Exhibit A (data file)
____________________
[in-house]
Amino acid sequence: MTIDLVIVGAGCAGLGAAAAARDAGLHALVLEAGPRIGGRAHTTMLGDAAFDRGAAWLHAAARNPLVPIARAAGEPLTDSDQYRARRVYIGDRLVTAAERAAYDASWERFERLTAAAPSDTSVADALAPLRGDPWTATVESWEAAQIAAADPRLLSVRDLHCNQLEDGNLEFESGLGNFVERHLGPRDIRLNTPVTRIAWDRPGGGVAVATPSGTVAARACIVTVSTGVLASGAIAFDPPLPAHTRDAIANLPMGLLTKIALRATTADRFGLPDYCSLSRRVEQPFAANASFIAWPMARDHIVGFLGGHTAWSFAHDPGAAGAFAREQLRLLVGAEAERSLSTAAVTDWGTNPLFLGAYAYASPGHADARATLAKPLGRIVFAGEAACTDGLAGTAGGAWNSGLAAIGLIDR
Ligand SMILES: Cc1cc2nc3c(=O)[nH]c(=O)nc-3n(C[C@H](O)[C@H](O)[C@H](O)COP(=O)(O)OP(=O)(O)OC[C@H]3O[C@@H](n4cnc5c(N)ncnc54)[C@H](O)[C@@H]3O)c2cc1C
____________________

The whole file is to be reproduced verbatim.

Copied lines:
[in-house]
Amino acid sequence: MTIDLVIVGAGCAGLGAAAAARDAGLHALVLEAGPRIGGRAHTTMLGDAAFDRGAAWLHAAARNPLVPIARAAGEPLTDSDQYRARRVYIGDRLVTAAERAAYDASWERFERLTAAAPSDTSVADALAPLRGDPWTATVESWEAAQIAAADPRLLSVRDLHCNQLEDGNLEFESGLGNFVERHLGPRDIRLNTPVTRIAWDRPGGGVAVATPSGTVAARACIVTVSTGVLASGAIAFDPPLPAHTRDAIANLPMGLLTKIALRATTADRFGLPDYCSLSRRVEQPFAANASFIAWPMARDHIVGFLGGHTAWSFAHDPGAAGAFAREQLRLLVGAEAERSLSTAAVTDWGTNPLFLGAYAYASPGHADARATLAKPLGRIVFAGEAACTDGLAGTAGGAWNSGLAAIGLIDR
Ligand SMILES: Cc1cc2nc3c(=O)[nH]c(=O)nc-3n(C[C@H](O)[C@H](O)[C@H](O)COP(=O)(O)OP(=O)(O)OC[C@H]3O[C@@H](n4cnc5c(N)ncnc54)[C@H](O)[C@@H]3O)c2cc1C